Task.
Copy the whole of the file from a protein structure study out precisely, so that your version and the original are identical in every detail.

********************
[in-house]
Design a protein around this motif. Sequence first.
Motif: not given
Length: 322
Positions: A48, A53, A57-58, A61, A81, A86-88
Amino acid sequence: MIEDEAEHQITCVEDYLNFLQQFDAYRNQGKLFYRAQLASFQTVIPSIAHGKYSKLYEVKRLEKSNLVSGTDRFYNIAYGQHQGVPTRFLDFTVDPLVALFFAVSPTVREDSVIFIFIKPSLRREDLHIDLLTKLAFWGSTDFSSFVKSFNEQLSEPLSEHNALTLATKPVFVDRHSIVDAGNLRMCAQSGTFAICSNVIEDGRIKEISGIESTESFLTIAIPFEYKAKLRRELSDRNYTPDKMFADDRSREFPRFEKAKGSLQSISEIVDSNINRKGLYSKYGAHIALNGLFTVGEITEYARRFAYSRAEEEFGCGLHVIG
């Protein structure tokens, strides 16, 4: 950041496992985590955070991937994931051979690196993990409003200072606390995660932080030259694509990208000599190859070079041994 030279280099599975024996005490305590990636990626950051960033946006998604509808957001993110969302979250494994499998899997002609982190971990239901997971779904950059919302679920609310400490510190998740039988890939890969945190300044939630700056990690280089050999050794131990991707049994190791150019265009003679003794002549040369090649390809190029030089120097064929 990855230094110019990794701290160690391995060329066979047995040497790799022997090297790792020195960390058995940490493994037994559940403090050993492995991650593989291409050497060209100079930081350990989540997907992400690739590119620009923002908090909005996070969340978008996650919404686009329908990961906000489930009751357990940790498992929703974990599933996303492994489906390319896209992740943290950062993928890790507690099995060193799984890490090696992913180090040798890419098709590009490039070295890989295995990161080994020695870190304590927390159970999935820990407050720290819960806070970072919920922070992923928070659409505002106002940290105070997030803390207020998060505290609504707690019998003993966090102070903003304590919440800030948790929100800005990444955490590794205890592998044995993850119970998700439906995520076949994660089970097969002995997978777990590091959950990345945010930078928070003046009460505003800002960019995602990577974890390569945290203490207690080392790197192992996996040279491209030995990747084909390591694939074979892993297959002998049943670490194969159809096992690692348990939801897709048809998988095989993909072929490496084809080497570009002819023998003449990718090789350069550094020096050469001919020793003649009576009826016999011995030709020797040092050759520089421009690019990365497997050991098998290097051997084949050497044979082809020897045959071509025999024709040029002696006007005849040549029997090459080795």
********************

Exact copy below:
[in-house]
Design a protein around this motif. Sequence first.
Motif: not given
Length: 322
Positions: A48, A53, A57-58, A61, A81, A86-88
Amino acid sequence: MIEDEAEHQITCVEDYLNFLQQFDAYRNQGKLFYRAQLASFQTVIPSIAHGKYSKLYEVKRLEKSNLVSGTDRFYNIAYGQHQGVPTRFLDFTVDPLVALFFAVSPTVREDSVIFIFIKPSLRREDLHIDLLTKLAFWGSTDFSSFVKSFNEQLSEPLSEHNALTLATKPVFVDRHSIVDAGNLRMCAQSGTFAICSNVIEDGRIKEISGIESTESFLTIAIPFEYKAKLRRELSDRNYTPDKMFADDRSREFPRFEKAKGSLQSISEIVDSNINRKGLYSKYGAHIALNGLFTVGEITEYARRFAYSRAEEEFGCGLHVIG
């Protein structure tokens, strides 16, 4: 950041496992985590955070991937994931051979690196993990409003200072606390995660932080030259694509990208000599190859070079041994 030279280099599975024996005490305590990636990626950051960033946006998604509808957001993110969302979250494994499998899997002609982190971990239901997971779904950059919302679920609310400490510190998740039988890939890969945190300044939630700056990690280089050999050794131990991707049994190791150019265009003679003794002549040369090649390809190029030089120097064929 990855230094110019990794701290160690391995060329066979047995040497790799022997090297790792020195960390058995940490493994037994559940403090050993492995991650593989291409050497060209100079930081350990989540997907992400690739590119620009923002908090909005996070969340978008996650919404686009329908990961906000489930009751357990940790498992929703974990599933996303492994489906390319896209992740943290950062993928890790507690099995060193799984890490090696992913180090040798890419098709590009490039070295890989295995990161080994020695870190304590927390159970999935820990407050720290819960806070970072919920922070992923928070659409505002106002940290105070997030803390207020998060505290609504707690019998003993966090102070903003304590919440800030948790929100800005990444955490590794205890592998044995993850119970998700439906995520076949994660089970097969002995997978777990590091959950990345945010930078928070003046009460505003800002960019995602990577974890390569945290203490207690080392790197192992996996040279491209030995990747084909390591694939074979892993297959002998049943670490194969159809096992690692348990939801897709048809998988095989993909072929490496084809080497570009002819023998003449990718090789350069550094020096050469001919020793003649009576009826016999011995030709020797040092050759520089421009690019990365497997050991098998290097051997084949050497044979082809020897045959071509025999024709040029002696006007005849040549029997090459080795």